ColorZilla color pipette for Chrome and Firefox - Pick of the week in CW13

ColorZilla Browser Extension - Pick of the Week CW13

My Pick of the week this time is a small but nice browser extension that can be downloaded for Firefox or Google Chrome. It is free and makes life as a blogger or web designer easier because you can extract colors in HEX format from website elements or fonts very quickly.

With ColorZilla I have an extremely practical color pipette available in Firefox and Chrome that reliably puts all colors - including from images - as HEX code on the clipboard.
With ColorZilla I have an extremely practical color pipette available in Firefox and Chrome that reliably puts all colors - including from images - as HEX code on the clipboard.

Mac tool “Digital Color Meter” unusable

As a weaver, you usually need hexadecimal values ​​for the colors. This means that #FFFFFF is, for example, the color white with the values ​​red = 255, green = 255, blue = 255. The Apple tool "Digital Color Meter", which can be found in Applications > Utilities, offers different color models , but you look in vain for an output with HEX values. This is, of course, useless for people involved in working on websites. That's why I was looking for a practical solution.

Here you can see the Apple tool "Digital Color Meter" in operation, which unfortunately only shows the color values ​​as a decimal value - for my purposes it is completely useless.
Here you can see the Apple tool "Digital Color Meter" in operation, which unfortunately only shows the color values ​​as a decimal value - for my purposes this is completely useless.

I already have the app “Sip” via SetApp installed, but I don't want it every time I boot, and basically it's overly extensive for my needs. Therefore my search for a solution was not finished with Sip.

The Mac app "Sip", which is included in the SetApp bundle, also offers a practical color picker.
The Mac app "Sip", which is included in the SetApp bundle, also offers a practical color picker.

My path via Photoshop or “Inspect Element”

You really shouldn't say it, but so far I've often done it by taking a screenshot of part of a web page and then opening it in Photoshop to pick out the color with the eyedropper. Extremely cumbersome and of course there is an easier way: in Chrome, Safari or Firefox you can right-click on a page and then select "Inspect Element" or "Inspect". An additional information window will now open.

Using the "examine element" function, you can at least determine font colors, fonts or colors of DIV blocks or other HTML elements in common browsers.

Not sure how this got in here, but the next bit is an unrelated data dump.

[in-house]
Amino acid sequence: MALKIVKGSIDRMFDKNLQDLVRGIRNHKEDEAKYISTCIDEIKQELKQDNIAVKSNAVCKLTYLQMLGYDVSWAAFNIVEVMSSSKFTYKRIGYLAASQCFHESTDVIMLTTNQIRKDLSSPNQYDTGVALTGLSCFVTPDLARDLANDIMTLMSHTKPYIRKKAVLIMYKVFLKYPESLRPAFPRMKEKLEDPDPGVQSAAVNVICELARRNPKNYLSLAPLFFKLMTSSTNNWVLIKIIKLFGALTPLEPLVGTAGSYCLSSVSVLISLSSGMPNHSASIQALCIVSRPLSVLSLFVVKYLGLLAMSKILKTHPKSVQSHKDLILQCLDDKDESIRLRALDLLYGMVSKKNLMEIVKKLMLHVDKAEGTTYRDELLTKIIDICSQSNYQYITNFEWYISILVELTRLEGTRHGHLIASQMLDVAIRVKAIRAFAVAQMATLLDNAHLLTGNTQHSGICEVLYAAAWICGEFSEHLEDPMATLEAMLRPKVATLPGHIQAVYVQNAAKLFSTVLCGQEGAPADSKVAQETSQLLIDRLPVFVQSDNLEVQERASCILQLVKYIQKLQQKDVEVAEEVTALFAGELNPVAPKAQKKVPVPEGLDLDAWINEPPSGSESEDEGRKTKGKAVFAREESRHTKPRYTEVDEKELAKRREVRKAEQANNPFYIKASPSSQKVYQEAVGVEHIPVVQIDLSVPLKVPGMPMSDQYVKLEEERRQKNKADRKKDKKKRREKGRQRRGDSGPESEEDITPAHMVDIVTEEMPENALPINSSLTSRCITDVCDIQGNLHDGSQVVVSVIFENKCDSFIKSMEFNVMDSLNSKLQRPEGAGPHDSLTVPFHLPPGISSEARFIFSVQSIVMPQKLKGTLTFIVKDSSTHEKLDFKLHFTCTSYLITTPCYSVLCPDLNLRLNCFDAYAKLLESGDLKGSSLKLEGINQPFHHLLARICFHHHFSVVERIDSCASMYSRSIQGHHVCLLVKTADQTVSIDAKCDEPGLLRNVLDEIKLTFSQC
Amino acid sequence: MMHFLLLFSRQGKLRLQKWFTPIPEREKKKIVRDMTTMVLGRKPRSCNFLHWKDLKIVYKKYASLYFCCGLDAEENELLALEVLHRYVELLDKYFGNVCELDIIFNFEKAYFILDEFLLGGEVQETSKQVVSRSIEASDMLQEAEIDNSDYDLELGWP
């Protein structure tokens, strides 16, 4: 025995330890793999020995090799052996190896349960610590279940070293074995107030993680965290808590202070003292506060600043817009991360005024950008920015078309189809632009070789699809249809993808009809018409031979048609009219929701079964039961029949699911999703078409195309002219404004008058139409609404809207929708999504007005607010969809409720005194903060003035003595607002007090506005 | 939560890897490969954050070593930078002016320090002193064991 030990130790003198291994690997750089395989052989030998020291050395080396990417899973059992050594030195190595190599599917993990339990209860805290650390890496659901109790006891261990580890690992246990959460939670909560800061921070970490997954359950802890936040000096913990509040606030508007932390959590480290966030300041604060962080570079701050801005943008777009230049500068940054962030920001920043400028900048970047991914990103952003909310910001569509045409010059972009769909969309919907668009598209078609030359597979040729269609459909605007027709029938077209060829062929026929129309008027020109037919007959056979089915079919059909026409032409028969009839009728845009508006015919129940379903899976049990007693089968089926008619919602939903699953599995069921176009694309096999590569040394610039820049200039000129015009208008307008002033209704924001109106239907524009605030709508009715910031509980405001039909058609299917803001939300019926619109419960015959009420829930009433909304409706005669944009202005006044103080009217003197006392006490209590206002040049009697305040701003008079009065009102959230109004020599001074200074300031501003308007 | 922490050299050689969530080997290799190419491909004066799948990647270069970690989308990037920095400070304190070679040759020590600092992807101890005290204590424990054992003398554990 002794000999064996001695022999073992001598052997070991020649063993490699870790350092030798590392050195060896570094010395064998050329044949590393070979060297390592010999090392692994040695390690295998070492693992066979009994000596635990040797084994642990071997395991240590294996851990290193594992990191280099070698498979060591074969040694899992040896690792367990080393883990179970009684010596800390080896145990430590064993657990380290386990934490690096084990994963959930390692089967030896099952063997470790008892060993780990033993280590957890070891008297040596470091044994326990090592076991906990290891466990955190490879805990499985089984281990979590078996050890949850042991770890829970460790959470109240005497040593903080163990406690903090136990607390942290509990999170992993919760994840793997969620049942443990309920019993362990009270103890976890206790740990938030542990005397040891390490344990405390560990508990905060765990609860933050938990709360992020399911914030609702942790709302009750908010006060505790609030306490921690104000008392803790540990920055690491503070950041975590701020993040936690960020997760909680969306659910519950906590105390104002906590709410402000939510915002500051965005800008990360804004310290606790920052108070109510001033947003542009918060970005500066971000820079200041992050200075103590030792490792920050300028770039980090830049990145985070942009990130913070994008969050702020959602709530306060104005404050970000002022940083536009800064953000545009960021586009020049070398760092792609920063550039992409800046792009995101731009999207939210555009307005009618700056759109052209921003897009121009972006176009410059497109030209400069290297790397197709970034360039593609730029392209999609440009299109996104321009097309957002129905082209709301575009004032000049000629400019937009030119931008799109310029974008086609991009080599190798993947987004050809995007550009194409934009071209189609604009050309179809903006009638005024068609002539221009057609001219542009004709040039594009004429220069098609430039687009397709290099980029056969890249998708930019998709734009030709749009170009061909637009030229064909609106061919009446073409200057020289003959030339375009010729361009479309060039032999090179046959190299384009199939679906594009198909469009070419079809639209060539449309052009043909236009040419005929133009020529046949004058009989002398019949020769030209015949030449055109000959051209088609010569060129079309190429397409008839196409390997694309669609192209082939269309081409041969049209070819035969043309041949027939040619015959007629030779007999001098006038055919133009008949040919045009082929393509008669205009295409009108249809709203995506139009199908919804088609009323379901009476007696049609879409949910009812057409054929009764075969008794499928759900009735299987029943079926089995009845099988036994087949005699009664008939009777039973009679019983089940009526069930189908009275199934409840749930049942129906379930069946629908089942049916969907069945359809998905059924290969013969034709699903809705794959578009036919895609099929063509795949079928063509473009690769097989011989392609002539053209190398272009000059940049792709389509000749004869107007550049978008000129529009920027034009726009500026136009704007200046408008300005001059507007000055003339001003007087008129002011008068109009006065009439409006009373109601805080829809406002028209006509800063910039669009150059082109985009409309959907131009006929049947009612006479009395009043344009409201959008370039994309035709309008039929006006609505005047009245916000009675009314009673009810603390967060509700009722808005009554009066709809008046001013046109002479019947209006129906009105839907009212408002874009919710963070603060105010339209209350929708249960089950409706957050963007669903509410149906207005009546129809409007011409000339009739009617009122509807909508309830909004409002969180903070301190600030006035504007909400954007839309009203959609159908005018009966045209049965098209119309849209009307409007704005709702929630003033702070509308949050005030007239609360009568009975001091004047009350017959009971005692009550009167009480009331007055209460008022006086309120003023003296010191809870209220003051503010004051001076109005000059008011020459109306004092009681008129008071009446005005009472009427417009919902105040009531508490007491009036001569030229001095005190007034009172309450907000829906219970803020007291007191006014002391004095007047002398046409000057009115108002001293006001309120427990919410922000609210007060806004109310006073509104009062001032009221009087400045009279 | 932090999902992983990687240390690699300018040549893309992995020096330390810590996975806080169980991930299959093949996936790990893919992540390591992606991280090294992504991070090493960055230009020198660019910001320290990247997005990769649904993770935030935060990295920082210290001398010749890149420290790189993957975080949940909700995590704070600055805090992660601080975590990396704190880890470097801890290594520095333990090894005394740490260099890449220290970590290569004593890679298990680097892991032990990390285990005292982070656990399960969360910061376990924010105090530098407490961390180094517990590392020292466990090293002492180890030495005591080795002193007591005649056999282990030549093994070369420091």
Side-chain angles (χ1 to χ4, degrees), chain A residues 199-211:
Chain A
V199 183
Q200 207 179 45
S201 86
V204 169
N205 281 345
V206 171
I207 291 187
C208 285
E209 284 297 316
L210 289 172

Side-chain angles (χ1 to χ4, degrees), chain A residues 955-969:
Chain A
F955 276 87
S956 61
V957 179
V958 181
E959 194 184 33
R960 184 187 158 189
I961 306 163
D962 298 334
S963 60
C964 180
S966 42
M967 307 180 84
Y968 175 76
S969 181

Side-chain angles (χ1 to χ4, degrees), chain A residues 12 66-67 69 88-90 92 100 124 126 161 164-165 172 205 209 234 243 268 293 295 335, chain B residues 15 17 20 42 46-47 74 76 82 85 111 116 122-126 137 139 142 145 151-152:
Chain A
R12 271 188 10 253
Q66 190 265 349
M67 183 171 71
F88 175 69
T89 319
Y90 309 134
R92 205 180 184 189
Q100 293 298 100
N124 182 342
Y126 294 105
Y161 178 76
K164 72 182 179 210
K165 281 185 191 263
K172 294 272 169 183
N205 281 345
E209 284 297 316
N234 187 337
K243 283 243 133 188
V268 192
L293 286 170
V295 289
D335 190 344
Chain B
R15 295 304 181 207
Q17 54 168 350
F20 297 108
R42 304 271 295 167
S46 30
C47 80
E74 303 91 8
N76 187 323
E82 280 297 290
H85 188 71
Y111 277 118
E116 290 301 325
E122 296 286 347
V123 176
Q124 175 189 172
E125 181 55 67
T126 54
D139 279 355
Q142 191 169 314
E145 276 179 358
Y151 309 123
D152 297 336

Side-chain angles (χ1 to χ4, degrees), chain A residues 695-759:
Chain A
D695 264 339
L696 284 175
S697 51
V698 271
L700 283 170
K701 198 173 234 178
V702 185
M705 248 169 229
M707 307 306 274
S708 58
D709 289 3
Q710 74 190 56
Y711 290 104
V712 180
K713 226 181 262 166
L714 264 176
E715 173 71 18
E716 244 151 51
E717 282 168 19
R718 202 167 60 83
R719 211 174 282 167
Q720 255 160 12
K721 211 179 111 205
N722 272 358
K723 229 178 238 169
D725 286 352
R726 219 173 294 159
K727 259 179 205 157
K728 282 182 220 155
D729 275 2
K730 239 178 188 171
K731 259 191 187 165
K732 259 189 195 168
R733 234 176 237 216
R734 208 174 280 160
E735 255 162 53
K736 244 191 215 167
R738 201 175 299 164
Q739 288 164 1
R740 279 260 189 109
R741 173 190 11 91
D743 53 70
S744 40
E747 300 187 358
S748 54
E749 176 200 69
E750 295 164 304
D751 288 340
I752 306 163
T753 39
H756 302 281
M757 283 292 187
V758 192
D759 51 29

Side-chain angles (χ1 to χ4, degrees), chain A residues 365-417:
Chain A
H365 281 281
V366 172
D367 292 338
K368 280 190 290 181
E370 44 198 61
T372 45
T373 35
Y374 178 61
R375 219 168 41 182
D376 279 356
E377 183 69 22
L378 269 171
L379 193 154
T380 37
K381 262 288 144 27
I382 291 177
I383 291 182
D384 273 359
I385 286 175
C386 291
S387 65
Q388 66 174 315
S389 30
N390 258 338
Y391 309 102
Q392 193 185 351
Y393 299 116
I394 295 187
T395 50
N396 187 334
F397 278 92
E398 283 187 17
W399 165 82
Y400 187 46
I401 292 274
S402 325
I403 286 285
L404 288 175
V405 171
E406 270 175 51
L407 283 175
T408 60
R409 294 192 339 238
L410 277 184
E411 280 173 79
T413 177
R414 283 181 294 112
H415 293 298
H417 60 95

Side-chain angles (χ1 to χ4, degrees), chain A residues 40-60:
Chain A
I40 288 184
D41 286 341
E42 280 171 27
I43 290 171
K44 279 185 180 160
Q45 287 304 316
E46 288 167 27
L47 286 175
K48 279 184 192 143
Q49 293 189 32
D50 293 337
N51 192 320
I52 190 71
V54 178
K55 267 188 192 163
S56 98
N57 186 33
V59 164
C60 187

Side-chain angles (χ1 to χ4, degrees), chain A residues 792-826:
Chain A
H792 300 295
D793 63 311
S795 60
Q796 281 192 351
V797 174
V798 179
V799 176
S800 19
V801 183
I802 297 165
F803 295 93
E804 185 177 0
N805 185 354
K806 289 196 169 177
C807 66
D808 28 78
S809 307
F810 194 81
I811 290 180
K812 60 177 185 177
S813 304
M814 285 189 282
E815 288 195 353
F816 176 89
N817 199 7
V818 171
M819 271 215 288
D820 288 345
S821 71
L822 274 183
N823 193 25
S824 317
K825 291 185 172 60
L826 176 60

After all, the "Check element" function can be used in common browsers to determine font colors, typefaces or colors of DIV blocks or other HTML elements.

If you move the mouse pointer over a heading or a DIV container, its properties are displayed in the info window. You can find out, for example, the color or the fonts of headings.

What doesn't work is extracting a color in a graphic, because you only get information about the URL address of the graphic and the size. Their content will not be revealed via the “Inspect” option.

 

ColorZilla browser extension - versatile helper for web designers

Yesterday I came across the ColorZilla browser extension by accident, which can be found for both Firefox and Chrome:

It is completely free of charge and advertising and not only offers a quickly available color pipette that can pick up colors in the entire browser area, but it also has a few other functions.

The lower arrow shows my crosshairs with which I analyze the color and the upper one shows the bar of ColorZilla with a dark background, in which the current color value can also be found.
The lower arrow shows my crosshairs, with which I analyze the color, and the upper arrow shows the colorZilla bar with a dark background, in which the current color value can also be found.

Gradient generator with CSS output

One thing that might be of interest to some web designers is the gradient generator. With it you create a gradient, as you are used to with Photoshop, and ColorZilla also tinkers together the complete CSS code that you need for this gradient. I don't need that much, but I'm sure quite a few web designers will be happy with it because in the future they will no longer have to go to websites that do this work for them.

The CSS code for gradients can quickly become quite complex. ColorZilla turns it into a copy and paste task that is easy to do even as a beginner.
The CSS code for gradients can quickly become quite complex. ColorZilla turns it into a copy and paste task that is easy to do even as a beginner.

Create a color palette for a website

Another nice feature is generating a color palette of a webpage. If, for example, you have found a website while browsing the Internet where you find the color combination very appealing, you can have the colors put together in a palette using the “Webpage Color Analyzer” menu item.

ColorZilla offers a few more little things, such as a history of the pipetted colors or copying the color values ​​in different color systems, but my most important requirement was simply to fetch a color from a website with the pipette and then to save it as a hexadecimal value on the clipboard to have. That makes ColorZilla perfect and straightforward. Thanks to the developers for this great tool.

My tips & tricks about technology & Apple

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